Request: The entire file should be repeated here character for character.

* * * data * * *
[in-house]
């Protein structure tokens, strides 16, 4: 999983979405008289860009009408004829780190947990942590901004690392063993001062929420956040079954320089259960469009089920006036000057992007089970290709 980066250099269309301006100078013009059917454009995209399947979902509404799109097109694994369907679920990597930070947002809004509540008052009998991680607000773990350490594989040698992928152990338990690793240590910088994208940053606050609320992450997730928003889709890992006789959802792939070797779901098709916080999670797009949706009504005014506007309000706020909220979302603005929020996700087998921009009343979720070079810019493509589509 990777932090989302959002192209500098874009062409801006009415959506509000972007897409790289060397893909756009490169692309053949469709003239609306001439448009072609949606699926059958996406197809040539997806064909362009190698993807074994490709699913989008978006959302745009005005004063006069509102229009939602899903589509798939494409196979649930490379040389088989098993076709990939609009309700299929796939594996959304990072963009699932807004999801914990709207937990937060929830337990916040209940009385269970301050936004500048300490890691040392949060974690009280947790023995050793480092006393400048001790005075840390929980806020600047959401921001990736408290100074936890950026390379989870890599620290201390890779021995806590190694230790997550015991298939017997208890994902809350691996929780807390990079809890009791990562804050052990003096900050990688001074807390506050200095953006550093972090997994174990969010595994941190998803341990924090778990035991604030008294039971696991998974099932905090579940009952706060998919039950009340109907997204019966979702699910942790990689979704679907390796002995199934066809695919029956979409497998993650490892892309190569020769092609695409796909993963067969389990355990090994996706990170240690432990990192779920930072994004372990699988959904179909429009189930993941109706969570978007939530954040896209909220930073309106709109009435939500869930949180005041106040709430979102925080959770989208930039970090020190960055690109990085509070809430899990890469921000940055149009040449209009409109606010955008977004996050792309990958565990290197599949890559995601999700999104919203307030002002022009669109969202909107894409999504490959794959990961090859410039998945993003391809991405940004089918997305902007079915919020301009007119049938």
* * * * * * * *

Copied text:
[in-house]
């Protein structure tokens, strides 16, 4: 999983979405008289860009009408004829780190947990942590901004690392063993001062929420956040079954320089259960469009089920006036000057992007089970290709 980066250099269309301006100078013009059917454009995209399947979902509404799109097109694994369907679920990597930070947002809004509540008052009998991680607000773990350490594989040698992928152990338990690793240590910088994208940053606050609320992450997730928003889709890992006789959802792939070797779901098709916080999670797009949706009504005014506007309000706020909220979302603005929020996700087998921009009343979720070079810019493509589509 990777932090989302959002192209500098874009062409801006009415959506509000972007897409790289060397893909756009490169692309053949469709003239609306001439448009072609949606699926059958996406197809040539997806064909362009190698993807074994490709699913989008978006959302745009005005004063006069509102229009939602899903589509798939494409196979649930490379040389088989098993076709990939609009309700299929796939594996959304990072963009699932807004999801914990709207937990937060929830337990916040209940009385269970301050936004500048300490890691040392949060974690009280947790023995050793480092006393400048001790005075840390929980806020600047959401921001990736408290100074936890950026390379989870890599620290201390890779021995806590190694230790997550015991298939017997208890994902809350691996929780807390990079809890009791990562804050052990003096900050990688001074807390506050200095953006550093972090997994174990969010595994941190998803341990924090778990035991604030008294039971696991998974099932905090579940009952706060998919039950009340109907997204019966979702699910942790990689979704679907390796002995199934066809695919029956979409497998993650490892892309190569020769092609695409796909993963067969389990355990090994996706990170240690432990990192779920930072994004372990699988959904179909429009189930993941109706969570978007939530954040896209909220930073309106709109009435939500869930949180005041106040709430979102925080959770989208930039970090020190960055690109990085509070809430899990890469921000940055149009040449209009409109606010955008977004996050792309990958565990290197599949890559995601999700999104919203307030002002022009669109969202909107894409999504490959794959990961090859410039998945993003391809991405940004089918997305902007079915919020301009007119049938």